What is required is a simple and intelligible framework including ‘middle tier’ bodies with the powers and capacity to manage the overall supply of school places;  oversee the negotiation of consistent and coherent admissions policies across neighbouring schools; and, to ensure Code compliance both in determined arrangements and their operation.    Achieving a properly fair and effective place planning and admissions systems is impossible without such authorities.

The delays and mistakes that have been made by the creation of a central government monopsony ( i.e. a ‘market’ with many suppliers but only one customer) can be cured by reintroducing active local planning  and devolving  decision making to the local level.  The power of initial decision making should be devolved to the local level either as a function of the new middle tier or via a dedicated process requiring  a degree of consensus amongst local stakeholders.  Final appeals against middle tier decisions should be referred to the OSA and judged on the basis of statutory guidance  –  similar to the highly successful ‘local school organisation committee’ system operated between 1999 and 2012.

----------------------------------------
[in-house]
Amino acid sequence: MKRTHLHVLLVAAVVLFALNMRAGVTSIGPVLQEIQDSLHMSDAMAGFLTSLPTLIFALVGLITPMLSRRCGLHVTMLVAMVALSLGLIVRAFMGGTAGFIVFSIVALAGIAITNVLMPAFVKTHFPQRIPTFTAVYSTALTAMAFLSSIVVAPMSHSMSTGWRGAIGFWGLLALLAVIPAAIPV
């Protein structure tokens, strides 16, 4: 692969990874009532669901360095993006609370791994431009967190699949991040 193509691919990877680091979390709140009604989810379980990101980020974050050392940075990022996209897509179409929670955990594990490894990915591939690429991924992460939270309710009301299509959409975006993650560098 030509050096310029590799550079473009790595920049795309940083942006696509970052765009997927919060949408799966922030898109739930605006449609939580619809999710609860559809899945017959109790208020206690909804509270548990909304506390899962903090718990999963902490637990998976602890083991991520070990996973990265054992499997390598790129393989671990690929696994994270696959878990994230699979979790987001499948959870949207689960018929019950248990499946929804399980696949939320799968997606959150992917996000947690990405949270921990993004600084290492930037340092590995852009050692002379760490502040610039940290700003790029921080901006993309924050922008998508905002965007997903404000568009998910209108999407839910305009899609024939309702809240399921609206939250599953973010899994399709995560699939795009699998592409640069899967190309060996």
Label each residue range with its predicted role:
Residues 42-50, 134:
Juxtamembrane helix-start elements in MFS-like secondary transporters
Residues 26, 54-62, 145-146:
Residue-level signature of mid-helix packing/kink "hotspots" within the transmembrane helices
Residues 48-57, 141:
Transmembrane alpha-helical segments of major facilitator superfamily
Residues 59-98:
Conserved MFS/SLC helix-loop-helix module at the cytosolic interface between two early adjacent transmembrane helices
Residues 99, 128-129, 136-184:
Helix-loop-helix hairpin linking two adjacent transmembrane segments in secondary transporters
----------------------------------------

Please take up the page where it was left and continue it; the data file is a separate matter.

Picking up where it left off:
The extent to which admissions arrangements are controlled and operated at school level should be rationalised.  The argument that ‘institutional selection’ is in direct conflict with ‘parental choice’ is logically irrefutable.  The admissions Code, and the mechanisms for its enforcement, therefore need to be strengthened to ensure this conflict is resolved in favour of parents with consistency in school-level admissions functions.

An easy way to achieve this would be to migrate all schools to a legal status of being governed by a “Trust” similar to that used for voluntary aided or foundation schools.    A good number of schools already fall into one or other of these categories and MATs and the schools they cover already approximate to this model. Free-standing Academies and Foundation Schools could also acquire a relationship with a suitable supporting foundation.    The admissions Code would apply to all in exactly the same way with equivalent enforcement roles exercised by the Schools Adjudicator and the ‘middle tier’.